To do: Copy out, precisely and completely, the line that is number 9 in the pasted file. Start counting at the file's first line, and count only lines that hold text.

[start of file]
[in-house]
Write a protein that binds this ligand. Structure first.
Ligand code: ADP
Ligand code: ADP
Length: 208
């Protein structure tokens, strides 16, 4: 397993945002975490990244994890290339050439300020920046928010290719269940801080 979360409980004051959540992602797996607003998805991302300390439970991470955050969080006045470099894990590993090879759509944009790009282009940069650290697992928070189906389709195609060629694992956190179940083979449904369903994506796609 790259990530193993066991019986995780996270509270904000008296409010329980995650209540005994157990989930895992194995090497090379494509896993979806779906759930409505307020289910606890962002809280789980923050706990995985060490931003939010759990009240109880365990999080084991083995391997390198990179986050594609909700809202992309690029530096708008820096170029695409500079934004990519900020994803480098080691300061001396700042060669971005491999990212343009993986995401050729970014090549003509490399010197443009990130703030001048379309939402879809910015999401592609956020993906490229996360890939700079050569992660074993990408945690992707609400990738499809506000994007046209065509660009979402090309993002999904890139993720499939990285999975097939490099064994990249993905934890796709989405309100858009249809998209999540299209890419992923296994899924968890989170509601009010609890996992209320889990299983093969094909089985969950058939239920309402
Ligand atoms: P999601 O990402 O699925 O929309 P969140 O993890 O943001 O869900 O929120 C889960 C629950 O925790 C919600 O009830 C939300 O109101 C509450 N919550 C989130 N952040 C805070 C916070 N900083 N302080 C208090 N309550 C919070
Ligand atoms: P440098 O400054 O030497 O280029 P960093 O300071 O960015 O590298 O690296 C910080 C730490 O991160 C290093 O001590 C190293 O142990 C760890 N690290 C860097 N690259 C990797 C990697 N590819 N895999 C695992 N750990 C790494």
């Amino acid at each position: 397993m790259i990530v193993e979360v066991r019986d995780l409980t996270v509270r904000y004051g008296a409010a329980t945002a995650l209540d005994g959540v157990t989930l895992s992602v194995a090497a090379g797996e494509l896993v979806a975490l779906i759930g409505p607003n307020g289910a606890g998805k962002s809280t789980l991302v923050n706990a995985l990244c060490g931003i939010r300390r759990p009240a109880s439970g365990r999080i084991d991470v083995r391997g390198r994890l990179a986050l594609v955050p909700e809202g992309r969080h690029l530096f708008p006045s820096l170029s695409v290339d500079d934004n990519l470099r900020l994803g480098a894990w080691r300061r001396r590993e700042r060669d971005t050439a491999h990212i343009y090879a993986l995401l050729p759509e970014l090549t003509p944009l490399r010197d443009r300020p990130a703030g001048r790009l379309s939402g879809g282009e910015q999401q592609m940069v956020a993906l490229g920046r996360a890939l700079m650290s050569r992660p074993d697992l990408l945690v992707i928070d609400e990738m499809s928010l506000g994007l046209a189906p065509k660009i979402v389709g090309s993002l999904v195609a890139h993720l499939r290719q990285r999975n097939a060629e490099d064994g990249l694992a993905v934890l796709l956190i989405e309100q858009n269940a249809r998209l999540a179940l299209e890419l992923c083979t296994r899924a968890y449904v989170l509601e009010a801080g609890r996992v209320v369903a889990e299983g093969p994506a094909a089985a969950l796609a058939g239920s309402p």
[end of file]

């Amino acid at each position: 397993m790259i990530v193993e979360v066991r019986d995780l409980t996270v509270r904000y004051g008296a409010a329980t945002a995650l209540d005994g959540v157990t989930l895992s992602v194995a090497a090379g797996e494509l896993v979806a975490l779906i759930g409505p607003n307020g289910a606890g998805k962002s809280t789980l991302v923050n706990a995985l990244c060490g931003i939010r300390r759990p009240a109880s439970g365990r999080i084991d991470v083995r391997g390198r994890l990179a986050l594609v955050p909700e809202g992309r969080h690029l530096f708008p006045s820096l170029s695409v290339d500079d934004n990519l470099r900020l994803g480098a894990w080691r300061r001396r590993e700042r060669d971005t050439a491999h990212i343009y090879a993986l995401l050729p759509e970014l090549t003509p944009l490399r010197d443009r300020p990130a703030g001048r790009l379309s939402g879809g282009e910015q999401q592609m940069v956020a993906l490229g920046r996360a890939l700079m650290s050569r992660p074993d697992l990408l945690v992707i928070d609400e990738m499809s928010l506000g994007l046209a189906p065509k660009i979402v389709g090309s993002l999904v195609a890139h993720l499939r290719q990285r999975n097939a060629e490099d064994g990249l694992a993905v934890l796709l956190i989405e309100q858009n269940a249809r998209l999540a179940l299209e890419l992923c083979t296994r899924a968890y449904v989170l509601e009010a801080g609890r996992v209320v369903a889990e299983g093969p994506a094909a089985a969950l796609a058939g239920s309402p």